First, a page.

In 2015, workers across the country learned if they work in a state that is naughty or nice. Responsible states that make their yearly required pension contributions, not surprisingly, have pensions that are fully funded and in some cases have surpluses. That protects both taxpayers and workers.

From Forbes: As Trillions Move Into IRAs And 401ks, High Fees Bite Retirement Security

A new study covering investment returns from 1990 to 2012 finds that 401(k)s and other defined contribution plans underperformed traditional defined benefit pension plans by an average of 0.70% a year, even after differences in asset allocation were taken into account. The likely explanation? The high mutual fund fees workers pay when they invest their 401(k) stash—fees that far exceed the investment costs of traditional company run defined benefit plans, conclude authors Alicia H. Munnell, Jean-Pierre Aubry and Caroline V. Crawford of the Center for Retirement Research at Boston College.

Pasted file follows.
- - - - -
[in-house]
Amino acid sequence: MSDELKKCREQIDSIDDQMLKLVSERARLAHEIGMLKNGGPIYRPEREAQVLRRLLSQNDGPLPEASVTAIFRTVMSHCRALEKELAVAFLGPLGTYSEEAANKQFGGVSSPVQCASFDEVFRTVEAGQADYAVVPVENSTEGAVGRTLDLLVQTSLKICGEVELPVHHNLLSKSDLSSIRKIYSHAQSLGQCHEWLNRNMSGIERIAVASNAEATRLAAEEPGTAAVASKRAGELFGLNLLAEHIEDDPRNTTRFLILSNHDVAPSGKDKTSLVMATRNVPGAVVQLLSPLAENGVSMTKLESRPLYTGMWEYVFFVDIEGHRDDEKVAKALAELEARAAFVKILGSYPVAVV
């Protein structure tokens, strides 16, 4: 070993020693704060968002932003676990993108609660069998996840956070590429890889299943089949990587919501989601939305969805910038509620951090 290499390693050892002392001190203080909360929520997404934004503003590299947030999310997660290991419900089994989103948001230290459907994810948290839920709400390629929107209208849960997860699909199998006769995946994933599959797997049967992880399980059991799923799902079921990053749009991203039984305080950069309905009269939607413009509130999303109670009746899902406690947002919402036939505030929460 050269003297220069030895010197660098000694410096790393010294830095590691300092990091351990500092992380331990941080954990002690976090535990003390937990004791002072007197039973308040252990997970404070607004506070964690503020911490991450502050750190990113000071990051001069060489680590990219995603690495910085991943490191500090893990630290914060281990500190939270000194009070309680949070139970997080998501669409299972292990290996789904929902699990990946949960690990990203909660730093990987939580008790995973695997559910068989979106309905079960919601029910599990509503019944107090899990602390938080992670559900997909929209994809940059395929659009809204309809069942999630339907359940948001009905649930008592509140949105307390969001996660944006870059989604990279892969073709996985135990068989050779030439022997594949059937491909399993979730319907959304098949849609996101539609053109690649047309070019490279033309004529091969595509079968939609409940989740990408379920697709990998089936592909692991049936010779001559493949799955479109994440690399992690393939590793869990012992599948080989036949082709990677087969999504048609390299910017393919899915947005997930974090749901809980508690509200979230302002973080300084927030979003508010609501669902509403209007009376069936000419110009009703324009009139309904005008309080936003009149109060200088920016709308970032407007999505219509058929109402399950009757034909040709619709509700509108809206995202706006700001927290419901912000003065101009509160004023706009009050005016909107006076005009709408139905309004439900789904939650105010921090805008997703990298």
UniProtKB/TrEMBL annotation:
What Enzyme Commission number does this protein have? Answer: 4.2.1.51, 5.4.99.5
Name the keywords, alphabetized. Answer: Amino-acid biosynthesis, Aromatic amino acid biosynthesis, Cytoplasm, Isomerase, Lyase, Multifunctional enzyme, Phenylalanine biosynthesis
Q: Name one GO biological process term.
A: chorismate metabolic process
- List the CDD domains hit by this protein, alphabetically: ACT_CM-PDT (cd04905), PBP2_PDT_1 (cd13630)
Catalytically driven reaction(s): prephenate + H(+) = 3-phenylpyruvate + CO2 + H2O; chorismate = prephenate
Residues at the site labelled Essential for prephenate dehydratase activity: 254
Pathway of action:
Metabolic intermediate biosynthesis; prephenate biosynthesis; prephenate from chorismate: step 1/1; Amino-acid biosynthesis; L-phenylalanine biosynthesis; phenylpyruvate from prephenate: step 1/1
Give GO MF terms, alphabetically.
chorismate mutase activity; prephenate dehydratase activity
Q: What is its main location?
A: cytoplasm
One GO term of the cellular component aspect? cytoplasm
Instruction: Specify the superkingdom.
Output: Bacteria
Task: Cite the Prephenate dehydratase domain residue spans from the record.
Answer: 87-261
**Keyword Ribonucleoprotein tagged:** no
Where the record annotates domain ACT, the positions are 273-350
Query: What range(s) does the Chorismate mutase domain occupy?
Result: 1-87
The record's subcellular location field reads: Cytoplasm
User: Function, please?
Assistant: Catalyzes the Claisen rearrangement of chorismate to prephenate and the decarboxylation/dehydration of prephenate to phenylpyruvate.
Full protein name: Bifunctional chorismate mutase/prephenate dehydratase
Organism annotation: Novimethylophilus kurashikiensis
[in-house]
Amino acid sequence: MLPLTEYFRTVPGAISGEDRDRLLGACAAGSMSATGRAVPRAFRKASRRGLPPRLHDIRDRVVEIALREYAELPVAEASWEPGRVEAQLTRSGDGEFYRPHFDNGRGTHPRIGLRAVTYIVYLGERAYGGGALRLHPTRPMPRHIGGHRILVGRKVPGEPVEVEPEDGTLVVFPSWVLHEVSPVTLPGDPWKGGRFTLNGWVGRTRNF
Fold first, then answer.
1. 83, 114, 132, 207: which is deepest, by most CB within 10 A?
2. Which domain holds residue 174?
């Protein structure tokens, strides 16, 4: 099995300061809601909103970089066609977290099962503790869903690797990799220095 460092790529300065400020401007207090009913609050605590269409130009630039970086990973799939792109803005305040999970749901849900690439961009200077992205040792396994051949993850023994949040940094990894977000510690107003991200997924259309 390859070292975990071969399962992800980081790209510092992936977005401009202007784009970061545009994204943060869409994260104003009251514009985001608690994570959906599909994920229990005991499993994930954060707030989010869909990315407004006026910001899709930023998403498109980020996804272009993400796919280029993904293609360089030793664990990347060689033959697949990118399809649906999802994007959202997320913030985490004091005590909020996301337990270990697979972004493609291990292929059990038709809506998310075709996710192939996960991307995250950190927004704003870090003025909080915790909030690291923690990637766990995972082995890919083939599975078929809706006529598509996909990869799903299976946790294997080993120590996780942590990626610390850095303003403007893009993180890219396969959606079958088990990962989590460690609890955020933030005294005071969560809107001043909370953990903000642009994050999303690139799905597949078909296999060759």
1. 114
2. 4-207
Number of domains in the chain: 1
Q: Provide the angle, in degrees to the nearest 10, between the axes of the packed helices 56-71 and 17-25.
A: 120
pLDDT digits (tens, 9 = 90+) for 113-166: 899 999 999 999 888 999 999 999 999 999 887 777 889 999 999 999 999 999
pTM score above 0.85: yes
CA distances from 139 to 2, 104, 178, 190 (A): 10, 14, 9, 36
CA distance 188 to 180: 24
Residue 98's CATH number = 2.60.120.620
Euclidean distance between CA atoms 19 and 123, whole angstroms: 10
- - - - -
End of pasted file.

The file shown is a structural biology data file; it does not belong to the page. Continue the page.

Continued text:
While a 0.70% difference might not sound like a big deal, it means a worker who contributes to a 401(k) over his whole 40 year career will have about 15% less in assets at retirement, the CRR calculates.

From BenefitsPRO: Women’s Pension Protection Act introduced in House

The House version of the Women’s Pension Protection Act (H.R. 4235) was introduced by Representative Jan Schakowsky, D-Illinois, and Senator Patty Murray, D-Washington.

Earlier in the year, Murray introduced the Senate version of the legislation.

Among the provisions of the proposed legislation is an increase in spousal protection that requires spousal consent before a married worker can take money out of a retirement account; currently, only defined benefit plans offer such protection, but the WPPA would extend spousal protections to defined contribution plans, including 401(k)s.